OKLAHOMA CITY - The interim chairman of the Oklahoma Republican Party thinks the best place for the Ten Commandments monument is on the grounds of the Capitol.
But, now, that a judge has ordered the monument be removed by Oct. 12, Estela Hernandez feels the area outside her office is the second best location.
"It really defines us as a nation," she said. "We really are a moral nation and, when we look at those laws that are enshrined in that monument, that's what we follow today."
While it's not a done deal, Hernandez has thrown the GOP name in the hat for the new home of the controversial monument. She said the words of the scripture are directly in line with the principles of the republican party.
"It's a reminder that we truly are a people with moral laws, with moral values and, when we start to dismiss the notion that God should not be in our schoolhouse and in our government, that's when we start to lose or start to see a decline of our culture," she said. "Those [are] principles that define us as Americans, that define us as to what our framers intended our nation to be. They sought out those Christian values, they sought out God's wisdom. And, I truly believe Oklahomans share in those values."
Hernandez said she's not sure exactly where she would put the monument.
The cost of moving the monument would be covered by donors, she said. Neither taxpayers nor the republican party - which has been strapped for cash lately - will have to foot the bill.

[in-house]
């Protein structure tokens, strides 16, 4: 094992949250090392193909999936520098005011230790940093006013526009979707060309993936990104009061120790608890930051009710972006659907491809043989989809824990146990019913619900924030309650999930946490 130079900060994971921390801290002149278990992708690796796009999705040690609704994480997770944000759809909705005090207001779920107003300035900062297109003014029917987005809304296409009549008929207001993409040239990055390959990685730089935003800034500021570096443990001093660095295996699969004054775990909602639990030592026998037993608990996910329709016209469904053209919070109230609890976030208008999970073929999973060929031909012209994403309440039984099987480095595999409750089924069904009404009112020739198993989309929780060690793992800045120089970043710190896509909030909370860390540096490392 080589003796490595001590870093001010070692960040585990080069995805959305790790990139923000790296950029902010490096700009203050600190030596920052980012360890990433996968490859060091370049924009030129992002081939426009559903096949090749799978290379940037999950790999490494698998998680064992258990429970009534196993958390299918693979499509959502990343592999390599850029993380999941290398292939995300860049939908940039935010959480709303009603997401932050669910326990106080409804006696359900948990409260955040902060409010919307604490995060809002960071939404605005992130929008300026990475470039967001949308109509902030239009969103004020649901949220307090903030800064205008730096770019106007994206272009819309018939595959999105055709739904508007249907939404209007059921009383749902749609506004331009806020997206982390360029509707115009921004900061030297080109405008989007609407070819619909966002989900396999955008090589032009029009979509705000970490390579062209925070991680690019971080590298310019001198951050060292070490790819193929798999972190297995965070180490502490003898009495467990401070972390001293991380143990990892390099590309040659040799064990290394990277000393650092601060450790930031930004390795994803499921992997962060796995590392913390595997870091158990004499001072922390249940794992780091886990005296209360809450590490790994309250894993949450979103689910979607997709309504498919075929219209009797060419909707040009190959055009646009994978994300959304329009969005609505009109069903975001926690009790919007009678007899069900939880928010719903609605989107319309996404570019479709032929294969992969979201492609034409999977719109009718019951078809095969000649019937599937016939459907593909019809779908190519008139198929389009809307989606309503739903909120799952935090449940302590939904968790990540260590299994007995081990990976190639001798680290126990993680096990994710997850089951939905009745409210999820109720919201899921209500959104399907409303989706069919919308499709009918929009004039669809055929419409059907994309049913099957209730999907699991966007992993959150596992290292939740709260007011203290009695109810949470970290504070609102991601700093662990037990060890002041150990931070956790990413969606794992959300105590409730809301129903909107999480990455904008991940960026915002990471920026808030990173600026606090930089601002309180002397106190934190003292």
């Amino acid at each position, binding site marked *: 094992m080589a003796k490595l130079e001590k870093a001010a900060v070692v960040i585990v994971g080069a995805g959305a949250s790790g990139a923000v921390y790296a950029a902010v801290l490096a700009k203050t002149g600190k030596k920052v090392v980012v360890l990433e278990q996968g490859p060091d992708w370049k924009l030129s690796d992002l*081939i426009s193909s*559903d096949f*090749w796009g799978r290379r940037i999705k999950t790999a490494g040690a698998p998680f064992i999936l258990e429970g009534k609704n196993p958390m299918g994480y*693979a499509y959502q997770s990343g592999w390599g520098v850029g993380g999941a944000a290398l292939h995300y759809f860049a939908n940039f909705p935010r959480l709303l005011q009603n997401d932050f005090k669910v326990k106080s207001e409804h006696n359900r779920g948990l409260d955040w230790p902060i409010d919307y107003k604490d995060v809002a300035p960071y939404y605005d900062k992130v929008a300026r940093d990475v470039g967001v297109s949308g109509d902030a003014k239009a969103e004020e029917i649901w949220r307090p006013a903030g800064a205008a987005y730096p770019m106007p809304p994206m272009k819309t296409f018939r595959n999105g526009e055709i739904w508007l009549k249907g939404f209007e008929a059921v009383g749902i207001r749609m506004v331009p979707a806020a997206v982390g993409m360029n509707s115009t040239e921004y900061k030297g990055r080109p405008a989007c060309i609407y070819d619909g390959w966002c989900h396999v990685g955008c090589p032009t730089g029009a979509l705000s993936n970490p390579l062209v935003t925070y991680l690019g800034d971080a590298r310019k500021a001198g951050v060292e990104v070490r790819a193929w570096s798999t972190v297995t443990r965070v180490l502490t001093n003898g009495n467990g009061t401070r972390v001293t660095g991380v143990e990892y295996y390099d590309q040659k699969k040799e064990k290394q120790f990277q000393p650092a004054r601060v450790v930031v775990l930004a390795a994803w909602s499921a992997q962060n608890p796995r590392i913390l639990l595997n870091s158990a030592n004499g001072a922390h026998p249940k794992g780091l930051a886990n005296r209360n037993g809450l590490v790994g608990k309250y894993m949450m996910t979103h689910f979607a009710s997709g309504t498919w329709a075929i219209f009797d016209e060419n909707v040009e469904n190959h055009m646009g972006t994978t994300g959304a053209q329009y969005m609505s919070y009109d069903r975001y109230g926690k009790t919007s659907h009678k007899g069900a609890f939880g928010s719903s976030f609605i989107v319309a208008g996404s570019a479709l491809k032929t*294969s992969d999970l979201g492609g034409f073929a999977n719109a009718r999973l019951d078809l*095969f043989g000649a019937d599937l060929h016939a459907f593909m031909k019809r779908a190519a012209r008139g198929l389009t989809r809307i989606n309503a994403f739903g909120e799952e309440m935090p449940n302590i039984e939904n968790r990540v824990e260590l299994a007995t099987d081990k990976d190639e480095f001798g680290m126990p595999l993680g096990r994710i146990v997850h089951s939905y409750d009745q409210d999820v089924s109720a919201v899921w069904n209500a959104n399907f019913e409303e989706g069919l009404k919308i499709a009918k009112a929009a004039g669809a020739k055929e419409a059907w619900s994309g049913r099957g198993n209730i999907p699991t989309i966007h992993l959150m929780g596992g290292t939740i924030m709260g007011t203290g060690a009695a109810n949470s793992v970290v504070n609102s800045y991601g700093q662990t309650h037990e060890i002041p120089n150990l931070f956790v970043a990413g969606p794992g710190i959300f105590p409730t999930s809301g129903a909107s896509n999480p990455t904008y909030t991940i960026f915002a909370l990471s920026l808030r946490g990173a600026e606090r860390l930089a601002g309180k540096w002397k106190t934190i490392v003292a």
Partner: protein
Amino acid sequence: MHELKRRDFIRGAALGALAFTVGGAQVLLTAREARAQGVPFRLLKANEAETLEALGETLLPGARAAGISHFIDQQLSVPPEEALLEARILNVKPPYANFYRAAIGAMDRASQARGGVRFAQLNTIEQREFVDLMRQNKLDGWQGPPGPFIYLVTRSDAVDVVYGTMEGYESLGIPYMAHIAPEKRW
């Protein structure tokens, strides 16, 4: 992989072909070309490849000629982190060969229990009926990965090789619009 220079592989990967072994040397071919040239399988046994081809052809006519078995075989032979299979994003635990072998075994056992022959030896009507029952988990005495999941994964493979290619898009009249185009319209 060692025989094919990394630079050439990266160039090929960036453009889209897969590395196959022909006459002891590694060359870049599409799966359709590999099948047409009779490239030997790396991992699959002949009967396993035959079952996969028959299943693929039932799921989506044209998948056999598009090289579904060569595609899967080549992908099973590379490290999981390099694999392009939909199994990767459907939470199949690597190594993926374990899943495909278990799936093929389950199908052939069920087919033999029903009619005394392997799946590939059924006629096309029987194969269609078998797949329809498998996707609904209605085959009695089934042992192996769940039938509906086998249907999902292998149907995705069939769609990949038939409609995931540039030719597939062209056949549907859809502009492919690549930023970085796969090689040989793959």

The American Civil Liberties Union, which led the fight to remove the monument from the Capitol grounds, said it would have no problem with the republicans housing the monument. Since the statue would stand on private property, Legal Director Brady Henderson said the location is perfectly legal.
"Scripture is very intensely personal for people and, when you do something that basically makes scripture part of a political thing, in this case part of a political party, that could be a message that's rather off-putting," he said. "Really, the decision ultimately is going to be for the republican leadership itself to say, 'Is this something we want there? Is this a message we want to send?'"
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Hernandez said she isn't worried about alienating non-religious republicans.
"We don't all believe the same, and we don't all have the same values. That's okay," she said. "I respect those individuals who have a different view as I do but, at the same time we can come together and see not only a symbol to what our nation was founded on, it's a symbol of respect, a symbol of history, and we can't forget really where we came from and how we became the America we are today and how we became the America we are today and why we are the most powerful nation. It's because we have not put God to the side."
Russell Griffin, Oklahoma Democrats Interim Executive Director, released a statement about the relocation of the monument.
While the Oklahoma Democratic Party is pleased that the Ten Commandments monument will be finding a new home at the Dewey Bartlett Center, we remain focused on the important issues facing working Oklahomans.
With a looming federal government shutdown, a possible $1 billion state budget shortfall, massive layoffs at one of our largest employers, corruption in the Tulsa County Sheriff's office, and thousands of Oklahomans still without access to quality health care, Oklahoma Republicans are more worried aboutmoving a block of granite up Lincoln Boulevard.
Here at the Democratic Party, we stand by our commitment to doing all we can to better the lives of our fellow citizens. In that spirit, we hope and pray that, when working on these issues that are facing our state, Republicans will take the time to consider those Ten Commandments and the weight they put on all of us to be honest, kind, and loving to one another.